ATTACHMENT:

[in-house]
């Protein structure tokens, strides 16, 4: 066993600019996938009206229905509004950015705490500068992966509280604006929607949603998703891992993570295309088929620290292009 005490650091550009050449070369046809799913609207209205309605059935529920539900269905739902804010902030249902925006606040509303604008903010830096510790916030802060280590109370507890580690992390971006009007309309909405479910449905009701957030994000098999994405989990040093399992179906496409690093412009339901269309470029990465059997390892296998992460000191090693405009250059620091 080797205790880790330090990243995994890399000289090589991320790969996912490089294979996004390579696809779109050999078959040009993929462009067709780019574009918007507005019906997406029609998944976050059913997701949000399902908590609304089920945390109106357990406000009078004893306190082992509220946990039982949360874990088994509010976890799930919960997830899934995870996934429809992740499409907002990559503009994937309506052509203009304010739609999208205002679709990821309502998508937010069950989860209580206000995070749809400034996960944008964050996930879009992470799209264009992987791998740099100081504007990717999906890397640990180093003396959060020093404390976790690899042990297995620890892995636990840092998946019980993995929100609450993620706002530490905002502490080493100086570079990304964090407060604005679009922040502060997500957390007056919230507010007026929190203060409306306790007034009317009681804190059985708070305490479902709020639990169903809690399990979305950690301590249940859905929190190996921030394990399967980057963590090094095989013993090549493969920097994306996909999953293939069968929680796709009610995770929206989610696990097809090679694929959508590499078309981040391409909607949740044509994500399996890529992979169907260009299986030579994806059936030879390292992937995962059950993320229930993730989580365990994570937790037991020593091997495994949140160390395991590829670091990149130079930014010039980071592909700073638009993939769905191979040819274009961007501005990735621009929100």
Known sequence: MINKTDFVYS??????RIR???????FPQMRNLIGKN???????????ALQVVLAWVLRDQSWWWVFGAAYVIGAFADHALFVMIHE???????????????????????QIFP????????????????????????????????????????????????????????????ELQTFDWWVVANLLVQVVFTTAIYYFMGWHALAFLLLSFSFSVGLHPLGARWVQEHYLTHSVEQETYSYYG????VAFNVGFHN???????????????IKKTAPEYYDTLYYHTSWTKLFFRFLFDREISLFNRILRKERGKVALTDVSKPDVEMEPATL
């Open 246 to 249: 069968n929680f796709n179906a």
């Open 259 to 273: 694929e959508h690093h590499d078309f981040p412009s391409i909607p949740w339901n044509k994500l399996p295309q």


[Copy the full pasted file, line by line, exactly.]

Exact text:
[in-house]
């Protein structure tokens, strides 16, 4: 066993600019996938009206229905509004950015705490500068992966509280604006929607949603998703891992993570295309088929620290292009 005490650091550009050449070369046809799913609207209205309605059935529920539900269905739902804010902030249902925006606040509303604008903010830096510790916030802060280590109370507890580690992390971006009007309309909405479910449905009701957030994000098999994405989990040093399992179906496409690093412009339901269309470029990465059997390892296998992460000191090693405009250059620091 080797205790880790330090990243995994890399000289090589991320790969996912490089294979996004390579696809779109050999078959040009993929462009067709780019574009918007507005019906997406029609998944976050059913997701949000399902908590609304089920945390109106357990406000009078004893306190082992509220946990039982949360874990088994509010976890799930919960997830899934995870996934429809992740499409907002990559503009994937309506052509203009304010739609999208205002679709990821309502998508937010069950989860209580206000995070749809400034996960944008964050996930879009992470799209264009992987791998740099100081504007990717999906890397640990180093003396959060020093404390976790690899042990297995620890892995636990840092998946019980993995929100609450993620706002530490905002502490080493100086570079990304964090407060604005679009922040502060997500957390007056919230507010007026929190203060409306306790007034009317009681804190059985708070305490479902709020639990169903809690399990979305950690301590249940859905929190190996921030394990399967980057963590090094095989013993090549493969920097994306996909999953293939069968929680796709009610995770929206989610696990097809090679694929959508590499078309981040391409909607949740044509994500399996890529992979169907260009299986030579994806059936030879390292992937995962059950993320229930993730989580365990994570937790037991020593091997495994949140160390395991590829670091990149130079930014010039980071592909700073638009993939769905191979040819274009961007501005990735621009929100």
Known sequence: MINKTDFVYS??????RIR???????FPQMRNLIGKN???????????ALQVVLAWVLRDQSWWWVFGAAYVIGAFADHALFVMIHE???????????????????????QIFP????????????????????????????????????????????????????????????ELQTFDWWVVANLLVQVVFTTAIYYFMGWHALAFLLLSFSFSVGLHPLGARWVQEHYLTHSVEQETYSYYG????VAFNVGFHN???????????????IKKTAPEYYDTLYYHTSWTKLFFRFLFDREISLFNRILRKERGKVALTDVSKPDVEMEPATL
């Open 246 to 249: 069968n929680f796709n179906a």
């Open 259 to 273: 694929e959508h690093h590499d078309f981040p412009s391409i909607p949740w339901n044509k994500l399996p295309q």